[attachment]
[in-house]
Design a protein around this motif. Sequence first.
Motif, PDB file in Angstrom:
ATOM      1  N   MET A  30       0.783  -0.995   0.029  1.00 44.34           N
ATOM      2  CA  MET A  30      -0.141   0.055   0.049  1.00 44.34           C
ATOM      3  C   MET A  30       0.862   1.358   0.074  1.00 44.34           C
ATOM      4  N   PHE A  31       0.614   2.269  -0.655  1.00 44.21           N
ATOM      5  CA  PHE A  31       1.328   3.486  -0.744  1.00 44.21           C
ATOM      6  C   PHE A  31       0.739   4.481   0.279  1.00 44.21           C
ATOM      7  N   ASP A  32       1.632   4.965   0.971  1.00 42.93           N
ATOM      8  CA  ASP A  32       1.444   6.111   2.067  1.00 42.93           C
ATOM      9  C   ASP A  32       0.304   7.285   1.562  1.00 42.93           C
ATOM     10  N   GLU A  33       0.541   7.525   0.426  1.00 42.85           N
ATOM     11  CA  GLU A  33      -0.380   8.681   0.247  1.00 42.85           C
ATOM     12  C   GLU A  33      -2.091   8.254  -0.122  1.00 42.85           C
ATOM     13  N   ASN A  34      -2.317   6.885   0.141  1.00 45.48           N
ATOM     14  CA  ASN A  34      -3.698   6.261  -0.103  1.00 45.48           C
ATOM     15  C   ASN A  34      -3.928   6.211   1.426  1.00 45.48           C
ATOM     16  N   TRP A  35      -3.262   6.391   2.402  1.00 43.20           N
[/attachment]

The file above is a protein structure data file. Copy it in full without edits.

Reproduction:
[in-house]
Design a protein around this motif. Sequence first.
Motif, PDB file in Angstrom:
ATOM      1  N   MET A  30       0.783  -0.995   0.029  1.00 44.34           N
ATOM      2  CA  MET A  30      -0.141   0.055   0.049  1.00 44.34           C
ATOM      3  C   MET A  30       0.862   1.358   0.074  1.00 44.34           C
ATOM      4  N   PHE A  31       0.614   2.269  -0.655  1.00 44.21           N
ATOM      5  CA  PHE A  31       1.328   3.486  -0.744  1.00 44.21           C
ATOM      6  C   PHE A  31       0.739   4.481   0.279  1.00 44.21           C
ATOM      7  N   ASP A  32       1.632   4.965   0.971  1.00 42.93           N
ATOM      8  CA  ASP A  32       1.444   6.111   2.067  1.00 42.93           C
ATOM      9  C   ASP A  32       0.304   7.285   1.562  1.00 42.93           C
ATOM     10  N   GLU A  33       0.541   7.525   0.426  1.00 42.85           N
ATOM     11  CA  GLU A  33      -0.380   8.681   0.247  1.00 42.85           C
ATOM     12  C   GLU A  33      -2.091   8.254  -0.122  1.00 42.85           C
ATOM     13  N   ASN A  34      -2.317   6.885   0.141  1.00 45.48           N
ATOM     14  CA  ASN A  34      -3.698   6.261  -0.103  1.00 45.48           C
ATOM     15  C   ASN A  34      -3.928   6.211   1.426  1.00 45.48           C
ATOM     16  N   TRP A  35      -3.262   6.391   2.402  1.00 43.20           N